The Catholic church should stop raping children and stop telling everyone else what to do.

Oh, and start paying taxes if you are going to speak up in political affairs.

The tax code provides for tax exemption for several kinds of non-profit groups, such as political advocacy groups (such as the HRC), charities (such as the United Way), and religious groups (such as the United Methodist Church). Non-profits make no profit, therefore they'd have nothing to tax, and this IRS regulation saves the government the cost of processing returns that never produce revenue.

Donations to religious groups and charities are deductible by the donors, but donations to political advocacy groups are not. Religious groups can engage in political advocacy if they limit themselves to a specific percentage of their operations, if they go over that, they are political advocacy groups so far as the tax code is concerned.

Taxing the Catholic Church would require major revisions to the tax code, and that in turn requires massive changes in the law. The result would be no revenue to the government.

Under existing regulations, the Catholic Church could be found to be a political advocacy group. If that happens, they still pay no tax, but donations would become taxable. Anyone who donates to the Catholic Church would all have to redo their income taxes, possibly retroactively. That would generate revenue for the government and would reduce donations. It would have the effect you are looking for.

File a complaint with the IRS. If it's credible, they are supposed to investigate.

Ken, how about local real estate taxes on church property?

Archbishop Dolan is still trying to earn his Cardinal's hat; gaybashing is usually one of the more successful means to do so. We have to enact HIS religious beliefs into law, even though Pagans, Unitarians, Lutherans, Episcopalians and others have beliefs that do not coincide with is, let alone the science that the Good Bishop is variously twisting or ignoring(what is it with Catholics and science?)
Obama might cave in to His Excessivency, though....no country outside of the Philipines and the Islamic nations seems as subservient to religion as the United States.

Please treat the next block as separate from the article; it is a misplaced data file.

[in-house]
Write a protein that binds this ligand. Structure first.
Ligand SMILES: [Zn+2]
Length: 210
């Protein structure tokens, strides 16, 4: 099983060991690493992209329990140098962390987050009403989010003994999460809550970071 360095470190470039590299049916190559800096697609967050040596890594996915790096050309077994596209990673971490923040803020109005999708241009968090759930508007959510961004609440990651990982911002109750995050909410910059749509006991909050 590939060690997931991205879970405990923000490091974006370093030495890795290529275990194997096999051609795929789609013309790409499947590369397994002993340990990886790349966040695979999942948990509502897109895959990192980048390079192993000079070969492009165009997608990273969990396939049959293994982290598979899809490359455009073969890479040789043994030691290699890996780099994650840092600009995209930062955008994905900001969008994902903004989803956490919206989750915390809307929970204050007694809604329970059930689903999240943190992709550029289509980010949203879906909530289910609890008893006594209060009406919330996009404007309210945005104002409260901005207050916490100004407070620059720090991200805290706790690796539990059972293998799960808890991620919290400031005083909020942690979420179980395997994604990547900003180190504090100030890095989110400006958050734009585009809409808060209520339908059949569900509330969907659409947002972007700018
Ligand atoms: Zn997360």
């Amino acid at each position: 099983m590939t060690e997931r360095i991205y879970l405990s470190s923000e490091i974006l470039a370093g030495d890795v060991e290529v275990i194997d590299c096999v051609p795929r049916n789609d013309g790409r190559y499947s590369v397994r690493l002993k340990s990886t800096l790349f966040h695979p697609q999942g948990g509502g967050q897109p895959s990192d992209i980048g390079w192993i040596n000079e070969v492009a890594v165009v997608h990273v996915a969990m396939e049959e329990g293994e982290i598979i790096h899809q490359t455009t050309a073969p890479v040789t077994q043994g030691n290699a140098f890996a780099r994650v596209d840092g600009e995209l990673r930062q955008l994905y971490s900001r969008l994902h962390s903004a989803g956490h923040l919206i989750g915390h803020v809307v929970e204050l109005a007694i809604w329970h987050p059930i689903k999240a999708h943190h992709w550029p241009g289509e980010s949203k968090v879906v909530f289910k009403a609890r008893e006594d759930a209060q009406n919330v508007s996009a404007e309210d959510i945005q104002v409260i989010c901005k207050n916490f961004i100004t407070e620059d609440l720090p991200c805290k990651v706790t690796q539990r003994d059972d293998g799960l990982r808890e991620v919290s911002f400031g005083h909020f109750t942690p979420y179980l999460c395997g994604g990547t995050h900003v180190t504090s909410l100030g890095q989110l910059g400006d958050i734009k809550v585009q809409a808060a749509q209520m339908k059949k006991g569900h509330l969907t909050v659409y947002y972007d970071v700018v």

Maura, you're exactly right. He will be made a Cardinal within the next few months, and the gay bashing will make his makers happy. Your observation "no country outside of the Philipines and the Islamic nations seems as subservient to religion as the United States." is of interest to me. The reasons for this need to be explored.

My dear Fr Tony;
I truly believe that he was sent to New York precisely to make war upon gay people; so far his success rate is fairly poor, hence one consistory has passed him by already.

Why is America so beholden to extremist chuches? Because, since the year that the Establishment Clause was being debated(the debate is fascinating, some states wanting to hold out for recognition of Jesus) the Churches have been trying to evangelicalise the Constitution and the Government. John Jay was forced from his position as US Chief Justice over his campaign to have America delcared a "Christian" nation and deny rights and citizenship to "non-Christians"(he was referring to Catholics) Later he was governor of NY State.
I suspect it is partially the Congregationalist Roots of the nation, coupled with the influx of Catholics from Ireland and Eastern Europe, and also partly the rural religious revival movements. However, a sociologist I am not, as my old professor, Rev Dr Hahn would attest to were he alive.

Maura, Dolan was not made a cardinal in the last consistory because of a policy: there should never be more than one Cardinal of voting age in any diocese. Until Egan is too old to vote in a papal election, Dolan, his successor, will not be made a cardinal. Egan loses his voting rghts by dint of age either this month or next month or very soon.

Thanks Tony, obviously one of my weaknesses is Church Bureaucracy.
and typing and spelling--my best always to you, dear man

I think a few words were left out of your last paragraph, Ms Hennessey.

I hope that, as others also have noted, with this coming election year, the Internal Revenue Service "reminds" all 501(c)(3) organizations that partisan politicking for or against particular candidates can result in the organization's contributors losing their ability to deduct contributions.

It's sadly interesting, isn't it, that a group that believes that marriage is between one man and at least one woman should get a group that doesn't really believe in marriage, except for procreation, to front for it in their attacks on civil marriage by people who do not adhere to the beliefs of either group. One of the head bigots of the largest and probably most vicious of the fundamentalist Christianists, the Southern Baptist Convention, also doesn't like gay people, calls the Church of Latter Day Saints a cult, and calls Catholicism a "counterfeit religion" devised by Satan.


It comes as no surprise, therefore, that this psychopath doesn't like Jews either.


Perhaps there's a reason why the ancestors of today's fundamentalist Christianists insisted on a First Amendment before agreeing to ratify the Constitution? Perhaps there's a reason why Congregationalists and Puritans from New England, Quakers and Mennonites from Pennsylvania, Catholics from Maryland felt pretty strongly against mixing government and religion?

I do hope that someone gets the chance to ask Archbigot Dolan whether he feels that divorced people should also be barred civilly from getting married again, even if they are not Catholic. And it would be interesting to know how much money the Church diverted from performing the social services and religious services that it has been known for for centuries in order to pay victims of statutory rape and the fact that the members of the US Council of Catholic Bishops have condoned statutory rape for at least a couple of generations.